Now Reading
Report: Brewer plan could cut growing communities’ sales taxes

From the archive: This story is more than 10 years old.

Report: Brewer plan could cut growing communities’ sales taxes

Gov. Jan Brewer’s plan to simplify Arizona’s sales tax system could undercut revenues for growing communities through changes in how construction materials are taxed, according to a report by the nonprofit Grand Canyon Institute.

While raw materials currently are taxed where construction occurs, Brewer’s plan would tax the materials when and where they are purchased.

Dave Wells, research director at the Grand Canyon Institute, said that under Brewer’s plan sales tax revenue from raw materials wouldn’t go to the community where the construction is taking place but to the location where materials are bought, which is oftentimes out of state.

“It (the tax) might go to a different community, which means that the tax revenue, especially the local part of the tax money, may not go to the community that’s actually experiencing the population growth,” Wells said.

The governor’s goal is simplifying the state’s transaction privilege tax, which is technically assessed for the privilege of doing business in the state but is commonly passed on to consumers. Brewer has said the privilege tax process is “complicated and overly burdensome” for businesses and is among the most complex in the country.

Most changes would not go into effect until Jan. 1, 2015.

While applauding the goal of a simplified system, the Grand Canyon Institute’s report also raised concerns about a proposal to transfer tax collections and auditing responsibilities from localities to the state.

Wells said the state isn’t as well-positioned to audit sales taxes stemming from construction because officials in communities have a better handle on what’s being built to make sure taxes get paid. The report said that could cut into state tax revenues.

Much like people who buy products online, construction firms that buy materials from out of state are supposed to pay a use tax. Wells said Brewer’s Transaction Privilege Tax Task Force, which developed the recommendations, seems to have assumed that use taxes are going to get paid.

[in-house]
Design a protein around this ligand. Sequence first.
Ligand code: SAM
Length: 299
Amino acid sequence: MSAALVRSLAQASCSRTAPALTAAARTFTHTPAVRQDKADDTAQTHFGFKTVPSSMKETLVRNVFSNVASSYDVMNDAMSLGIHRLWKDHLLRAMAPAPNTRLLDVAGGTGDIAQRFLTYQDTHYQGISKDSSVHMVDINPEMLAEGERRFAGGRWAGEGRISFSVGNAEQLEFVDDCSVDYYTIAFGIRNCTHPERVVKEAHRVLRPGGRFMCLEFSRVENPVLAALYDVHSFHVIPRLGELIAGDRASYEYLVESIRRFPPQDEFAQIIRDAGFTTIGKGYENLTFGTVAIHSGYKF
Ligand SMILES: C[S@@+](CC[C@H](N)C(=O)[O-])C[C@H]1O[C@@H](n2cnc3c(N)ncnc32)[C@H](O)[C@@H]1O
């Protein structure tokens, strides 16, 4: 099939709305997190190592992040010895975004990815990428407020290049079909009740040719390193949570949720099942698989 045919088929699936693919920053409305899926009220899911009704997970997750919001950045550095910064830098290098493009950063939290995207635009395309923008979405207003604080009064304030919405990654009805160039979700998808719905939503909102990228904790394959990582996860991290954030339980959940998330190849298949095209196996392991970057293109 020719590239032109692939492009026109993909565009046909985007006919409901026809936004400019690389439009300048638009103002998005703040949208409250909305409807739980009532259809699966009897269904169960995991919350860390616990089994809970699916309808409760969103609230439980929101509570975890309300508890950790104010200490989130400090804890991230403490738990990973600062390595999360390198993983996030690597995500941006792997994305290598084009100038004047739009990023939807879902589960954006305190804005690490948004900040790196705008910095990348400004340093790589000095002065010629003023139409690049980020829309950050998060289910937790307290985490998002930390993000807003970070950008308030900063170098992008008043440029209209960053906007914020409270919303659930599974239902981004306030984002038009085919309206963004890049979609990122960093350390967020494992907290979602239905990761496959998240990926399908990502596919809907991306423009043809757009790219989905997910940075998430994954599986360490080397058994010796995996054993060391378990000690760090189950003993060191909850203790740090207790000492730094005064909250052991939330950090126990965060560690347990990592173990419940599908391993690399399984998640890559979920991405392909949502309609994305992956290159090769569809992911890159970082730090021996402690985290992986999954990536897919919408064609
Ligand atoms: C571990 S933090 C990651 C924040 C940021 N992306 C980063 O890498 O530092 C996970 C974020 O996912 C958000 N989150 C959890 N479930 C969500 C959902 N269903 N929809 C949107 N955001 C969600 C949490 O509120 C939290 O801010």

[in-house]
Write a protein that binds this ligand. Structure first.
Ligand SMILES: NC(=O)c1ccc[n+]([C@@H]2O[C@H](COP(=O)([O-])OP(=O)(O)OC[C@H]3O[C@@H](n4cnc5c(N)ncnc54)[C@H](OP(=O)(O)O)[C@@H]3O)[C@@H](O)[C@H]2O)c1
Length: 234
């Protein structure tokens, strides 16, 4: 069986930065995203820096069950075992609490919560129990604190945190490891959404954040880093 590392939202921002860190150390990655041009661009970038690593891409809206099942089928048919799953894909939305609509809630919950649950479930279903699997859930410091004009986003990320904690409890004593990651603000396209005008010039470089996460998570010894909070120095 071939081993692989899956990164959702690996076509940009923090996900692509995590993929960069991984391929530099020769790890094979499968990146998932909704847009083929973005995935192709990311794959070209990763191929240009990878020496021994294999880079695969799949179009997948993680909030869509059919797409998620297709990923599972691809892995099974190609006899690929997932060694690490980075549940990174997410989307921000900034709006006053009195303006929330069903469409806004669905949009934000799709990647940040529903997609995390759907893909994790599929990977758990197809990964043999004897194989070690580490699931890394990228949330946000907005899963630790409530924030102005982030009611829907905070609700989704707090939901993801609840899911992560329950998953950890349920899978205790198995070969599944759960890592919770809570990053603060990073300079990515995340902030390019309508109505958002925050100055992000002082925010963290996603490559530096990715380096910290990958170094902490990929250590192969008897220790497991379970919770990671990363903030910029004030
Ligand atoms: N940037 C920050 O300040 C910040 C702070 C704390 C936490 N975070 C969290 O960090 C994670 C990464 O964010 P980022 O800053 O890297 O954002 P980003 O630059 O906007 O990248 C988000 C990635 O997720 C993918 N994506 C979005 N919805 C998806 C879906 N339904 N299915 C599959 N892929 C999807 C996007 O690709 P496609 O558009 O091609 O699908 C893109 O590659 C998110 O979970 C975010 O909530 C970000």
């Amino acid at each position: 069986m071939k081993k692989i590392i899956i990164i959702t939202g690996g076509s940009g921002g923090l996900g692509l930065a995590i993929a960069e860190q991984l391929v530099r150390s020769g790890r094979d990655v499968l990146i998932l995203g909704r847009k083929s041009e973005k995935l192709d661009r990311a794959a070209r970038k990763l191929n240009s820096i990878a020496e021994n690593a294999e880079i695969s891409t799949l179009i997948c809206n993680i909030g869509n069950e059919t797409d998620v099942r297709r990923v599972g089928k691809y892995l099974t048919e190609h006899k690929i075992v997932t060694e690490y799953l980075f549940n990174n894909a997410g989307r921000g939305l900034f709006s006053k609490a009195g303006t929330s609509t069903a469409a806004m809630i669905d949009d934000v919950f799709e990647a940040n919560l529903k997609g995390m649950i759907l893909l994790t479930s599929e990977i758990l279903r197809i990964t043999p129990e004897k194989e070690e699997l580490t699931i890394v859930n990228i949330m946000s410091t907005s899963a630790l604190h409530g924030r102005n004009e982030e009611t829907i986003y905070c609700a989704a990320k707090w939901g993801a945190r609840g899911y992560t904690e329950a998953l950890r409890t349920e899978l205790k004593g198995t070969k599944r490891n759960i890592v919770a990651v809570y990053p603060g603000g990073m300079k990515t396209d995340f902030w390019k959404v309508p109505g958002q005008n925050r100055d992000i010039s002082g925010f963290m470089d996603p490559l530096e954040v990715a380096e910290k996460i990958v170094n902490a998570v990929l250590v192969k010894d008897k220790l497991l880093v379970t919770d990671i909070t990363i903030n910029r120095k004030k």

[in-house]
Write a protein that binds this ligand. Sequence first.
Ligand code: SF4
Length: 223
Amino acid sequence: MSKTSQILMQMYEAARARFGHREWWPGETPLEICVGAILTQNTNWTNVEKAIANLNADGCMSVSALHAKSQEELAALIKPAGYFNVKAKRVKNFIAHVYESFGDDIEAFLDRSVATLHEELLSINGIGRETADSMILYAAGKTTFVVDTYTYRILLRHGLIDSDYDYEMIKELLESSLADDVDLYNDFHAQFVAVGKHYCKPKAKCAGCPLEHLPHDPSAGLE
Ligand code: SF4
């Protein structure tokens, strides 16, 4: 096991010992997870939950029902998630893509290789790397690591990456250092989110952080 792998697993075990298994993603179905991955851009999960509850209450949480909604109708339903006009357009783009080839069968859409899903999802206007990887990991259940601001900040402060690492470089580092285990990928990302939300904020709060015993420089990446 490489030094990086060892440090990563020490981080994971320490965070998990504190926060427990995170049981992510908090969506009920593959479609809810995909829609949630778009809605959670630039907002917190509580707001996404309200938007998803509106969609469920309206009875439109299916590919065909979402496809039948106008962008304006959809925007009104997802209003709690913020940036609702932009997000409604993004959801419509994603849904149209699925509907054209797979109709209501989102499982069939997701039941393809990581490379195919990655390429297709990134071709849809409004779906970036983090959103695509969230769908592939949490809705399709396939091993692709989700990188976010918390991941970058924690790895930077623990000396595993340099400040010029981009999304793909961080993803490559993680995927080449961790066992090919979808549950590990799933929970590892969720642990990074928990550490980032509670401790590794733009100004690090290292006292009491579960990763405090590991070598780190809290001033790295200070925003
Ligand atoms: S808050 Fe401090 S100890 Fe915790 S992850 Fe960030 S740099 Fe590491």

“We think that’s an assumption that’s not warranted because you’re having a state oversee the permitting or inspection process they’re not even connected with,” he said. “So they don’t really know what materials are actually being purchased at all.”

Ken Strobeck, executive director of the League of Arizona Cities and Towns, said he supports simplifying the system but is concerned about claims that the change would generate revenue for cities and towns in other ways such as use taxes.

“We don’t believe cities and towns will be made whole by what they (the reforms) propose will be additional revenue generated through the retail sales process,” he said.

Brewer’s proposals are contained in HB 2657, authored by Rep. Debbie Lesko, R-Glendale, which won approval from the House Ways and Means Committee and was awaiting action by the Appropriations Committee.

A spokesman for Brewer didn’t respond to messages seeking comment on the Grand Canyon Institute’s findings.

Marshall Vest, director of the Economic and Business Center at the University of Arizona’s Eller College of Management, said that even though standardization of the tax base is long overdue, he suggests removing construction from the plan and letting communities impose impact fees on developers.

“It would be a much cleaner and defensible way of taxing that activity,” he said.

Stephen Slivinski, senior economist for the Goldwater Institute, an independent watchdog group that promotes limited government and free enterprise, said the state would benefit from simplifying the system.

“Growth won’t be negative in any way; it will always be positive,” he said. “We’ll be collecting substantially more revenue, and three or more years down the line it might seem kind of silly that we’re arguing about numbers small in comparison.”

Dennis Hoffman, professor of economics and director of the L. William Seidman Research Institute at Arizona State University’s W.P. Carey School of Business, said tax simplification would ultimately generate more revenue for cities.

“Cities concerned about the loss of revenue should not lose sight of the fact that this is one provision in a major piece of legislation that will open up the opportunity to online and remote sales taxation, leading to more revenue for all,” he said.

Spencer Kamps, vice president of the Home Builders Association of Central Arizona, said he also foresees greater compliance among businesses reporting taxes if the changes become law.

“At the end of the day, simplification is good and we need to continue the debate to minimize the impact on local jurisdictions,” he said.

— 30 —

Top headlines

Best in Internet Exploder